The public debate for who should be the Democratic Party presidential candidate for the 2020 electoral race hinges on whether the Dems are likelier to win by nominating a progressive or socialist, or by nominating a centrist or moderate. Assuming this is a problem one wanted to approach epistemically (as opposed to just viewing the debate as a power struggle), we should look for facts of the matter about whether, overall, Americans are likelier to elect a progressive/socialist, or moderate/centrist to the Presidency in 2020. Unfortunately there is no apparent consensus about how to make traction on this problem.

  • Having read a variety of sources for months now, left-leaning media outlets give all the usual arguments for why the Dems must nominate Sanders or another progressive to win, and all the more moderate media outlets say the exact opposite. Ideally, some people from both sides would come together for an adversarial collaboration, but it doesn't appear either side can even agree on what would count as good or bad evidence for their positions. In other words, most of the time on both sides of this issue are playing reference class tennis, and neither side is aware this is what they're doing.
  • On social media I started a discussion on this topic among some rationalists and effective altruists to see if it would elicit hope to make traction on this issue. None of them who had a strong opinion on this issue could or would back it up at length, which I'm assuming means they don't have strong, asymmetrical evidence (at least not in the eyes of the opposition) for their position. It's my expectation two rationalists should be aware when they're playing a game of reference class tennis. If on this topic they are aware, it doesn't appear rationalists know how to get out of this failure mode better than anyone else.
  • My search of last resort, at least under the streetlight (read: my attempt to answer this question without doing any work myself), was to check PredictIt. As of this posting, the top 6 contenders have been assigned between a 9% chance and 23% chance of winning the Democratic nomination. In roughly the same rank order for chances of winning the Presidency overall, those same 6 prospective Democratic nominees are currently receiving an assignment of between a 6% and 19% chance of winning. These 6 contenders run the gamut from Beto O'Rourke and Joe Biden,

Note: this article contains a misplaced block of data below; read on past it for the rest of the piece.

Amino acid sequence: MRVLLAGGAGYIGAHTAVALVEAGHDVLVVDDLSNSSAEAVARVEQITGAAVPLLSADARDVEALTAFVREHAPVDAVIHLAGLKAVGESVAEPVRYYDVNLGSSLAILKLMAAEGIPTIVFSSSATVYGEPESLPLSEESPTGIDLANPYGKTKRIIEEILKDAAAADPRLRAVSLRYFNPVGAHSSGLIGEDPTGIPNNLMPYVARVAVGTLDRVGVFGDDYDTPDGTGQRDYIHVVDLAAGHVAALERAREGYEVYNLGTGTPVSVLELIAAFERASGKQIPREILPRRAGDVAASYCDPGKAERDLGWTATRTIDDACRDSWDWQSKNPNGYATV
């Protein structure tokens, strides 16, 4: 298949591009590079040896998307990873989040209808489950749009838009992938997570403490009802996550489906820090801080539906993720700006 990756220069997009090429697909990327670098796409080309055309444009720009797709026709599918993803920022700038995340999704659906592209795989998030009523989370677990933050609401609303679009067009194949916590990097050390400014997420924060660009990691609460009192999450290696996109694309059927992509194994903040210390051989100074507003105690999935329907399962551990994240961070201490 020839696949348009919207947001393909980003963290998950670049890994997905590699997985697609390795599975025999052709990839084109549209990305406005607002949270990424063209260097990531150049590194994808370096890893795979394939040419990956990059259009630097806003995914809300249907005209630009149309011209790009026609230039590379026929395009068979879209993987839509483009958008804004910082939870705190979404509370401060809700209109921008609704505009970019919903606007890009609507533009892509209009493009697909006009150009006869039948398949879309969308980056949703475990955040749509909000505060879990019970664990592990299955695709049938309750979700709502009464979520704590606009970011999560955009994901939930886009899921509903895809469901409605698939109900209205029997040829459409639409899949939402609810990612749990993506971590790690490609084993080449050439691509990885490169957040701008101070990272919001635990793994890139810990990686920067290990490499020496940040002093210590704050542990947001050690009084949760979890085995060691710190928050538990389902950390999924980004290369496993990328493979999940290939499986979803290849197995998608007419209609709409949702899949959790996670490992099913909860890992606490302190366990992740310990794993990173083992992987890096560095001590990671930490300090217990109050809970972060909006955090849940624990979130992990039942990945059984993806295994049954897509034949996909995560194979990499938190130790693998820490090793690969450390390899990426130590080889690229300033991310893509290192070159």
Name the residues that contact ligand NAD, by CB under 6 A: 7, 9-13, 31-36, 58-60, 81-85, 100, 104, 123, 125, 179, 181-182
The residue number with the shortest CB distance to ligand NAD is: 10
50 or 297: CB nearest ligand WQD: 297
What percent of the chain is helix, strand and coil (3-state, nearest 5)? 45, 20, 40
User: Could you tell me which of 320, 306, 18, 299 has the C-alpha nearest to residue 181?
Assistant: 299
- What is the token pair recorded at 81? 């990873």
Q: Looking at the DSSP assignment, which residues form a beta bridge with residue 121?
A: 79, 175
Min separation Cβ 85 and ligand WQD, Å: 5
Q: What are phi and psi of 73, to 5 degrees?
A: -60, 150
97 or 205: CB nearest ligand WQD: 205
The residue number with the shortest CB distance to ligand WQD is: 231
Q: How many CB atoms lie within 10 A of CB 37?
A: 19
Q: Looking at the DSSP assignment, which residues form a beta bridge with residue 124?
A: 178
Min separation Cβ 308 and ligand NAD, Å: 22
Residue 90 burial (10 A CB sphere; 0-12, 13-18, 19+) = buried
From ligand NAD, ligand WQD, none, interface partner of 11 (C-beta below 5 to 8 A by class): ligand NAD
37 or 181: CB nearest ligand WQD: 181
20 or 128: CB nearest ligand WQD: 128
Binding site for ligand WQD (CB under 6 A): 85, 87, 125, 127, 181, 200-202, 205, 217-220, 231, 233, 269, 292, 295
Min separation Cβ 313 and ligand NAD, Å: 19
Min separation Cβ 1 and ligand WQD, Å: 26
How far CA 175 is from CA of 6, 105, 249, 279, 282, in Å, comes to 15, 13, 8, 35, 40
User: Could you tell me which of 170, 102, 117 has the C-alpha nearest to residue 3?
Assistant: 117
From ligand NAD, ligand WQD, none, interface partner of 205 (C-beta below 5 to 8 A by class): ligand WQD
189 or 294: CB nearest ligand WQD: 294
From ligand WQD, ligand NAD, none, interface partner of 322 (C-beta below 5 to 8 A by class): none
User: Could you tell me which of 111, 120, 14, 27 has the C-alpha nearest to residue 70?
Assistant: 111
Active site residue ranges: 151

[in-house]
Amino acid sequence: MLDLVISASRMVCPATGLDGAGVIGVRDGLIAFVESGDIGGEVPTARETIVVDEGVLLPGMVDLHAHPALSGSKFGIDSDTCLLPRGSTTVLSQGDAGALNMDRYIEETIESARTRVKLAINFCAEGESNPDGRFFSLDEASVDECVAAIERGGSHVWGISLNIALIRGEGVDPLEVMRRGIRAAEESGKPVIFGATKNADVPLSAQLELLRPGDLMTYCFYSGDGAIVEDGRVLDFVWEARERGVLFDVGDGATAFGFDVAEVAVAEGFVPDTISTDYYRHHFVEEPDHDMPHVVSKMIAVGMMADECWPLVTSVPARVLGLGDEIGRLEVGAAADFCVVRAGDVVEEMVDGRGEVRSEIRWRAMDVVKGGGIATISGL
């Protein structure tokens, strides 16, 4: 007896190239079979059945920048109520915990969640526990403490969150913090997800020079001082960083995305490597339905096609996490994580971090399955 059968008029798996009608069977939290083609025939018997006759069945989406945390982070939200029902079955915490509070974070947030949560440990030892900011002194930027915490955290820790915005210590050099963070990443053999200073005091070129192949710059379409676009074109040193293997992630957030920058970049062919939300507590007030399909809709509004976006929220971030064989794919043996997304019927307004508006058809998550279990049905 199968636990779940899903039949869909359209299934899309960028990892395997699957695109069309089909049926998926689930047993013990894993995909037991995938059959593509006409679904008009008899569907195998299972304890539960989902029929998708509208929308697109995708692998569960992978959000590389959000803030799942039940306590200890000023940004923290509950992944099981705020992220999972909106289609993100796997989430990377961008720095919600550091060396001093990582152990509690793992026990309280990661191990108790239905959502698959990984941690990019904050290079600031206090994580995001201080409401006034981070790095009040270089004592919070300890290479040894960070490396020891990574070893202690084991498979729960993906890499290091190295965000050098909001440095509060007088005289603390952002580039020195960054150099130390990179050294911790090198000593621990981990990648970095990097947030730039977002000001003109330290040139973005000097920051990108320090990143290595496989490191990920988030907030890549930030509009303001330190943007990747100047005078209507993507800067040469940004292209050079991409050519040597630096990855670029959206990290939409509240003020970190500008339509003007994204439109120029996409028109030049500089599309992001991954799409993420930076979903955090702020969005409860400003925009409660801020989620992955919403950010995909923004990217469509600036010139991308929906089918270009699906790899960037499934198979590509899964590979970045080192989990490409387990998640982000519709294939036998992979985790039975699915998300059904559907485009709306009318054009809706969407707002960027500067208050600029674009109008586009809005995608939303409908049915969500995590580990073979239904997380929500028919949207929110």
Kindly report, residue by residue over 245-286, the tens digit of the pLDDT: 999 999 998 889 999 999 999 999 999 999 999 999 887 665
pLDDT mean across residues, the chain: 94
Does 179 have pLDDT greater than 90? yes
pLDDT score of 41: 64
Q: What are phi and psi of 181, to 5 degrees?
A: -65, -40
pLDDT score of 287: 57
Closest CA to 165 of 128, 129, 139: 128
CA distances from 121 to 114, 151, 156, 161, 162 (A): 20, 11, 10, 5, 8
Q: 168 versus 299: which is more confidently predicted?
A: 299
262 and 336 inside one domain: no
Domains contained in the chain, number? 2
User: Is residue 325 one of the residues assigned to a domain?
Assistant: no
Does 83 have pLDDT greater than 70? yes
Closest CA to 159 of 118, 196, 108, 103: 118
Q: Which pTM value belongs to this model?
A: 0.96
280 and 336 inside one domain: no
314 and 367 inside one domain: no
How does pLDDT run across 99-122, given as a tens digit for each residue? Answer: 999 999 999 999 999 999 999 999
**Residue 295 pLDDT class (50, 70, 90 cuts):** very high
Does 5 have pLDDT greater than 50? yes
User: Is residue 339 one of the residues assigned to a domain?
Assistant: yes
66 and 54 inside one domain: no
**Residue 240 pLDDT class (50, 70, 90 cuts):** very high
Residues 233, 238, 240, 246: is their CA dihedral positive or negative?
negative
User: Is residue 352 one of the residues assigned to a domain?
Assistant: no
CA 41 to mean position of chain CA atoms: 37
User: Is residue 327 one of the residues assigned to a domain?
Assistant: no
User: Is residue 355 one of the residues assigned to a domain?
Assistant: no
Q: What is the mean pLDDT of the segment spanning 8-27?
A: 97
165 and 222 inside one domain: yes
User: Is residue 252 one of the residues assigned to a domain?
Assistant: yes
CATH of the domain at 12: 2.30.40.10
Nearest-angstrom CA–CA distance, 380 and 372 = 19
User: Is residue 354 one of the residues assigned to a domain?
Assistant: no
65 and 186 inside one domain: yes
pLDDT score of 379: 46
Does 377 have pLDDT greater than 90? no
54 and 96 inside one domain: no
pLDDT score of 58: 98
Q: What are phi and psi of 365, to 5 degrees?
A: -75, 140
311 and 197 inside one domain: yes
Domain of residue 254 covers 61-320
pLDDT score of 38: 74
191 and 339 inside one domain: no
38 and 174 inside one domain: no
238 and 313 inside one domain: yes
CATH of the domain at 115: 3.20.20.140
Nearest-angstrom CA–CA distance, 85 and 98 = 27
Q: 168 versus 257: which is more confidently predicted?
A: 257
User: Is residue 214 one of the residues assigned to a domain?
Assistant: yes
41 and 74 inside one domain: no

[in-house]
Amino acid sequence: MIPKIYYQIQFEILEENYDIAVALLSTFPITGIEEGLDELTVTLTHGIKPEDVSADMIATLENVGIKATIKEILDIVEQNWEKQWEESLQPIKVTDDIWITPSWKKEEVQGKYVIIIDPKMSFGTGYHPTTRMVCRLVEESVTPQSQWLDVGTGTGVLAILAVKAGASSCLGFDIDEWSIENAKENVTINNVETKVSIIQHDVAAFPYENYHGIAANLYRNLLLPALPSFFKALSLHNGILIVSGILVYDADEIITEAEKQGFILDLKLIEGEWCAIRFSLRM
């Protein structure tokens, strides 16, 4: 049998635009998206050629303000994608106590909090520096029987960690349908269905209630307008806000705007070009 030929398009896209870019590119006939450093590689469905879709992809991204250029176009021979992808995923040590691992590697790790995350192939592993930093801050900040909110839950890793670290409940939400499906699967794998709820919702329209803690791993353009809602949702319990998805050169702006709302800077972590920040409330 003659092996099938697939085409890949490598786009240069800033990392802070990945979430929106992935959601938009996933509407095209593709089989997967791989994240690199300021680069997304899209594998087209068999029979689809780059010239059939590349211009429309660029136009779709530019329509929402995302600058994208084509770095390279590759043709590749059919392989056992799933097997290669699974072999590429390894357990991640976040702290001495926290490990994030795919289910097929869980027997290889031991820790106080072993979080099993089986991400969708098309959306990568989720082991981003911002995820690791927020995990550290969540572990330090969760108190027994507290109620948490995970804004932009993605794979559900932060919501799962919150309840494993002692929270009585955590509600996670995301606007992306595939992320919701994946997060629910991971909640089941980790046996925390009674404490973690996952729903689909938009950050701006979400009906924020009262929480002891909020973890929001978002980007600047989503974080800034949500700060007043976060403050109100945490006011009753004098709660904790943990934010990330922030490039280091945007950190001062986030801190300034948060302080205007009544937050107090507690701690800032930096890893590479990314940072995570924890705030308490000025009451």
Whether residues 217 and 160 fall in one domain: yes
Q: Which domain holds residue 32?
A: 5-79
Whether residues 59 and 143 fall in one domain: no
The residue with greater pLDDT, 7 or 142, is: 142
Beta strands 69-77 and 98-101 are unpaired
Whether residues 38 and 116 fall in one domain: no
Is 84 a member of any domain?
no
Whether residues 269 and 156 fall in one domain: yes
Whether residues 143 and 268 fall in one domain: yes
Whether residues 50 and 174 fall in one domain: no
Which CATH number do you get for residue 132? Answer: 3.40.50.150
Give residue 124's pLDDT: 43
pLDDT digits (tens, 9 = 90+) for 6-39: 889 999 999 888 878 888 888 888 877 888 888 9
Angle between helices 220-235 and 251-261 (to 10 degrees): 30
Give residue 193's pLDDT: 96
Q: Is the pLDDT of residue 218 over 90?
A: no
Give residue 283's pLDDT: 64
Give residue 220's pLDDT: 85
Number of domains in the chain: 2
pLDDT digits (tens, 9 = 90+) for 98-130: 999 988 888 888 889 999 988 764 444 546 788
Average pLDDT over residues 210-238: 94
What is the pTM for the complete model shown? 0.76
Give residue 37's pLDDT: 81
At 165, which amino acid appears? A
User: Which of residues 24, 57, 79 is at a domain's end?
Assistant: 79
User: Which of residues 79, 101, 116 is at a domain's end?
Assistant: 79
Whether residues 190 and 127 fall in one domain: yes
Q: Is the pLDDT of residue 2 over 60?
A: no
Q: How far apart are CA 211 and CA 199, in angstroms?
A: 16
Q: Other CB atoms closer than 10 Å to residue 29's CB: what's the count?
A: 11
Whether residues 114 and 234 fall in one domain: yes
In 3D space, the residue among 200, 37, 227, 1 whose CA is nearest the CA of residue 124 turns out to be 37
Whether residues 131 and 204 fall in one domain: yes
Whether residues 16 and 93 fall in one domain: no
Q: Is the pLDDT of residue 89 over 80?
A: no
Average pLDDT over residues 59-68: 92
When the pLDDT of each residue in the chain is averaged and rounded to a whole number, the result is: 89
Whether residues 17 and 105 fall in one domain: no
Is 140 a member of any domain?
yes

commonly regarded as the most moderate/centrist prospective Dem nominees, to Bernie Sanders, whose policy platform is generally furthest to the left among the lot of them. Leading the pack is Kamala Harris who has announced her presidential run and is perceived as somewhere between centrist Dems and democratic socialists like Sanders, with Sanders and Biden tied for 2nd (both are yet to publicly declare if they'll be running in 2020). PredictIt's predictions for which candidate will fare best are strongly correlated with who is regarded as being the strongest contender as a personality. They appear to have little to no correlation with the candidate's perceived ideology. The high level of apparent uncertainty in the predictions is likely an artifact of it being so early in the presidential race, as opposed to the prediction markets pricing in how likely the candidates' policy platforms are to appeal to the median voter.

In other words, if there is solid info out there which could best predict whether, in general, a leftist or centrist Democrat is likelier to win the Democratic nomination and/or the Presidency in 2020, it doesn't look like this has been priced into PredictIt's predictions yet. So to answer this question, we might have to find info prediction markets haven't yet, or that they may have at least overlooked.

Suggestions for how to answer this question:

  • I'm not looking for the kind of evidence the public, for whatever value of "the public," would necessarily agree would resolve this debate. I'm looking to answer this question for my own curiosity. I.e., if you think people are generally too mind-killed on this subject to notice good evidence even when it's staring them in the face, don't worry about that. Please optimize for sending me what you consider the best empirical info on this subject my way without consideration for how anyone else might take it.
  • Uncovering the relevant info could be easier than it appears. Maybe the data I'm looking for isn't a needle in the haystack. For all I know there is some excellent poll that perfectly answers this question, but nobody in the media cited it because the results didn't make for a sexy clickbait headline.